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For an extraordinary group of Little Leaguers®, there is a special style of baseball.

“It’s open to anybody with a physical or mental delay,” said Sam Ranck, Director of the Little League Challenger Division® “We typically see anybody who cannot participate in the traditional Little League program, but we always encourage leagues to make any adaptations they can to accommodate everybody.”

On Saturday morning at Volunteer Stadium in South Williamsport, Pa., the Little League Challenger Division played its thirteenth consecutive exhibition game. This year’s matchup was between Illinois District 13 from the Chicago area and California District 57 from the San Francisco area. The teams’ travel expenses were offset through a generous donation from SUBWAY®, which was presented on the field prior to the game with the help of Nomar Garciaparra and Jared Fogel, the SUBWAY guy.

“It means everything—it makes them feel like they’re just like any other Little Leaguer,” said Assistant District 13 Administrator Mark Johnson. “Because they have some sort of challenge in their life doesn’t mean they don’t love baseball—these kids have more heart than any of the kids that I’ve coached.”

“These kids have been so excited,” shared Gina Hermann, District 57 manager. “They’ve worked hard to make it here and they just enjoyed every bit of it along with us coaches and buddies as well.”

There are more than 900 Challenger Divisions worldwide, and every year 40 to ,50 programs apply to play during the Little League Baseball® World Series. Ranck and his staff review stories from each aspirant and do their best to select two teams that are exemplary.

“It’s always a tough decision, but there are a lot of programs out there doing it the right way,” Ranck said. “We just do our best to choose two of the best.”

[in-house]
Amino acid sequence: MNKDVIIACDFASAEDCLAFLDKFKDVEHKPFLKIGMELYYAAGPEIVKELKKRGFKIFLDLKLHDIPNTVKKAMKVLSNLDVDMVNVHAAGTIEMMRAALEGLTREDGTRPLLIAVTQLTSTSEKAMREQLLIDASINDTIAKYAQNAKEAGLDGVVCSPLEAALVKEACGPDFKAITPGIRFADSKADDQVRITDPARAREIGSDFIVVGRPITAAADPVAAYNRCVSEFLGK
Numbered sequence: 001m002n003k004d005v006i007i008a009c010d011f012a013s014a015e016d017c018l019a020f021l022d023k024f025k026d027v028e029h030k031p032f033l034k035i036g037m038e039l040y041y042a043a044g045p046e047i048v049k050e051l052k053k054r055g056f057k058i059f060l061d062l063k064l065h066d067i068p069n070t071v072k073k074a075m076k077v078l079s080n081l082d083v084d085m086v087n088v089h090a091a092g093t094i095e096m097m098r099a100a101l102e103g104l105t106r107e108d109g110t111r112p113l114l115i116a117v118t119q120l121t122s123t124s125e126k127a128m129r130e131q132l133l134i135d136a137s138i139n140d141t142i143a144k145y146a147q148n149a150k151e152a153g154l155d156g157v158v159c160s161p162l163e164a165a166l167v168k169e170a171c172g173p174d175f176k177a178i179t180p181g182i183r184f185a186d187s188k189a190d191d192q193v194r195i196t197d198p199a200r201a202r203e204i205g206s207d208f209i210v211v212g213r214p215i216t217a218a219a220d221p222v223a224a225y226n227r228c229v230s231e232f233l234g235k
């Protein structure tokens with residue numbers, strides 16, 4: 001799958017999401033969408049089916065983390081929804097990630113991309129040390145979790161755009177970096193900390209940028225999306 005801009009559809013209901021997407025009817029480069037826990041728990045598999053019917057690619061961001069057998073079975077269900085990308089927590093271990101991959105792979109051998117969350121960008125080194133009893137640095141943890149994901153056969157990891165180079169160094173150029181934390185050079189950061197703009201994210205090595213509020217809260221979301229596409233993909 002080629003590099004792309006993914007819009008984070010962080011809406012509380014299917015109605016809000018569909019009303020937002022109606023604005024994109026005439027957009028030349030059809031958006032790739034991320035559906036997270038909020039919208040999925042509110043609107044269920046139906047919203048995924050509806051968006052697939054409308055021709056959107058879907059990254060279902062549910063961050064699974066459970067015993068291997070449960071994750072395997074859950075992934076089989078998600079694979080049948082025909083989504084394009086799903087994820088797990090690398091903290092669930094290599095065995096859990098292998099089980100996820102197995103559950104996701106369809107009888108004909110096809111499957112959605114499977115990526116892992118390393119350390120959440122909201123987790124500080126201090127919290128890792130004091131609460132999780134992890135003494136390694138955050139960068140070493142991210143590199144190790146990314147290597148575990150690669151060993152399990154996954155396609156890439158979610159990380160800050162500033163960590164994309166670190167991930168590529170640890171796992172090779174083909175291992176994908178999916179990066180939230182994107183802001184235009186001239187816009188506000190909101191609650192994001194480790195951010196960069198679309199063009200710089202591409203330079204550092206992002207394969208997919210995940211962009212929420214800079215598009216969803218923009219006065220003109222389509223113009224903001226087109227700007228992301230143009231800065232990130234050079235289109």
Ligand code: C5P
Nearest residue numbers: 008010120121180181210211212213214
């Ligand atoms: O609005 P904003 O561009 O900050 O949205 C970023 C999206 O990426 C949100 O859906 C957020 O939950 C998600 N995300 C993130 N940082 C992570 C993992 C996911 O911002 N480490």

The programs that were selected experienced the trip of a lifetime. The teams exchanged gift bags between players and their “buddies,” and each player received a baseball autographed by ESPN baseball analysts Karl Ravech, Orel Hershiser and Nomar Garciaparra. Most importantly, the teams receive publicity, which results in a positive outcome.

“It brings a lot of recognition to the program in the community and both these programs will probably see a lot more players coming out to participate next year,” Ranck said.

“It’s going to mean more exposure for the league and more kids signing up for Challenger baseball,” agreed Johnson. “And that’s just a wonderful experience.”

The Challenger Division participants definitely grabbed the attention of South Williamsport. The stands were filled with family, fans, and teams that competed in the Little League Baseball World Series.

“The support of the crowd and everybody cheering for these kids is really good to see,” Australia coach Wayne Sheldon said.

Australia was one of several teams in attendance, along with Canada and Europe-Africa who greeted the Challenger teams on the field following the game with small flags and banners of their respective countries for the players. Japan even came by for the beginning of the game before taking the field themselves in the International Championship Game, as did the West team, before playing the U.S. Championship Game.

“It’s amazing how these kids get an opportunity like this to play at this level,” said Zach Donahue, who is a District 13 “buddy” to his little brother Jacob. “With the fans and the teams that came out—it’s awesome.”

“It completes our journey—we love to give back to the community, especially with the welcoming we received from everybody (in South Williamsport),” said Sheldon. “It’s good to be able to come here and let the boys experience it and see how disabled (players) get to have a game as well.”

“It’s kind of emotional because these kids are out there just trying to play baseball and they’re having fun,” Southwest manager Randy Ramirez said.

“The Challenger Division is really what Little League is all about,” Ranck said. “It’s giving every boy and girl an opportunity to play Little League.”

Simply getting a chance to play results in an abundance of smiles from these Little Leaguers—and, for every coach, that is their motivation.

“My reward is their smiles and them being able to do things like this,” Johnson said. “That’s what it’s all about.”

“This is their dream come true—this is something that all other kids work hard to get and these kids had their chance,” Hermann added. “This was their shining moment and they couldn’t be happier.”

Every batter recorded a hit, reached base safely, and scored a run. The two teams finished the game—a game in which no player is concerned about the score—happy, which is the goal for Ranck and his staff.

“Everybody has fun and everybody wins.”